Jackson, a two-term commissioner from District 6, said Wednesday he has ruled out running for mayor this year and has thrown his support instead behind Russell, whom the commission voted to fire Dec. 9.
“I’ve already met with (Russell) and he asked me for his support and I gave it to him,” Jackson said. “Fred told me to go ahead and let everybody know. … He said he was going to announce this week.”
Widely speculated to be a potential candidate, Russell hasn’t filed paperwork with the state ethics office disclosing his intent to accept campaign contributions. He also hasn’t denied interest, but did not respond to messages Wednesday seeking confirmation.
In an election likely held May 20, four candidates – Commissioner Alvin Mason, Sen. Hardie Davis and businesspeople Helen Blocker-Adams and Charles Cummings – have declared their intent to seek the job, which pays $65,000 annually.
So far, there is no announced white candidate for mayor in a city long-known for its racial politics.
Russell’s popularity with the 10-member commission waxed and waned over his 12-year tenure. In the end, he wasn’t fired for breaking any rule or law, and left office with a six-month severance package as commissioners cited the need to move in a different direction.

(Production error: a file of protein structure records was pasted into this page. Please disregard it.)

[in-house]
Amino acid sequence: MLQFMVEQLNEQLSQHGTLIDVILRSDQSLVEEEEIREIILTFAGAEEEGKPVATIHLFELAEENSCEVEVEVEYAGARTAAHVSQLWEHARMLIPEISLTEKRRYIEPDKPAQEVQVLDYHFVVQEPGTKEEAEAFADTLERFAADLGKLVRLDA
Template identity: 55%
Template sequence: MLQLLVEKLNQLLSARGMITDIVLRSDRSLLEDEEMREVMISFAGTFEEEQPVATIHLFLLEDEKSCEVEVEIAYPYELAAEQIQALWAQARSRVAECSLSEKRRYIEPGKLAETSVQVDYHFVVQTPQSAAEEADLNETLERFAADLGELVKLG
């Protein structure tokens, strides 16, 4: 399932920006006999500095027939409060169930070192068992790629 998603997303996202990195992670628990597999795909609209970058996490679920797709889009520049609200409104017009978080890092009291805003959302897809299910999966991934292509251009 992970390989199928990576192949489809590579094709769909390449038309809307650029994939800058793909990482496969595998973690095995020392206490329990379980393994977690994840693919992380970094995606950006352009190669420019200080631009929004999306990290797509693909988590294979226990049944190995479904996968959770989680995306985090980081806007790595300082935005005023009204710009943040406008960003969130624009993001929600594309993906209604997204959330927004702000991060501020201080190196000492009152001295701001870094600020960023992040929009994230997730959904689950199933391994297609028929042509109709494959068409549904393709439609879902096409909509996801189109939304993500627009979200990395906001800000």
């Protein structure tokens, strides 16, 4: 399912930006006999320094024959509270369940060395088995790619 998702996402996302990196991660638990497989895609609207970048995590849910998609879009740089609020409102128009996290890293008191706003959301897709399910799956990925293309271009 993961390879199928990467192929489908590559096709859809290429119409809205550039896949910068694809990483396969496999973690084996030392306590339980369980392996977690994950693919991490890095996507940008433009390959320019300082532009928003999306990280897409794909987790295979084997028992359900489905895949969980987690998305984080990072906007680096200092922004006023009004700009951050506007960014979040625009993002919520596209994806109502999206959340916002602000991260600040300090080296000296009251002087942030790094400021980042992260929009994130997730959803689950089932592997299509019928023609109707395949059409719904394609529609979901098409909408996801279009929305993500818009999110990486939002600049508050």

“With Fred’s knowledge and ability – and I thought about this when we fired him – he would make a good mayor,” Jackson said. “To me, he would make a better mayor than the other candidates that are putting their name out there.”
Russell, 61, is no stranger to politics. He led the Virginia State Crime Commission for five years and ran for sheriff of Richmond, Va., shortly before he was hired as deputy Augusta administrator in 2002.
Jackson said caring for his wife, who has a serious illness, and their three children was more important than a run for mayor.
“I’ve got a lot going on with my family right now,” Jackson said. “I’m going to focus on my business and take care of my life. … It’s God, family, business and then commission.”
Because of state-level indecision, the date of Augusta’s mayoral and five commission elections is not yet settled. Slated for July, most observers expect the legislature to move nonpartisan local races to May, to coincide with the date of the federal primary, with qualifying to start in March.
Augusta’s three mayors since consolidation have served a limited, full-time role as representative of the city. In the commission chamber where six commission votes set city policy, the mayor officiates the meetings and might break a tie but has no veto.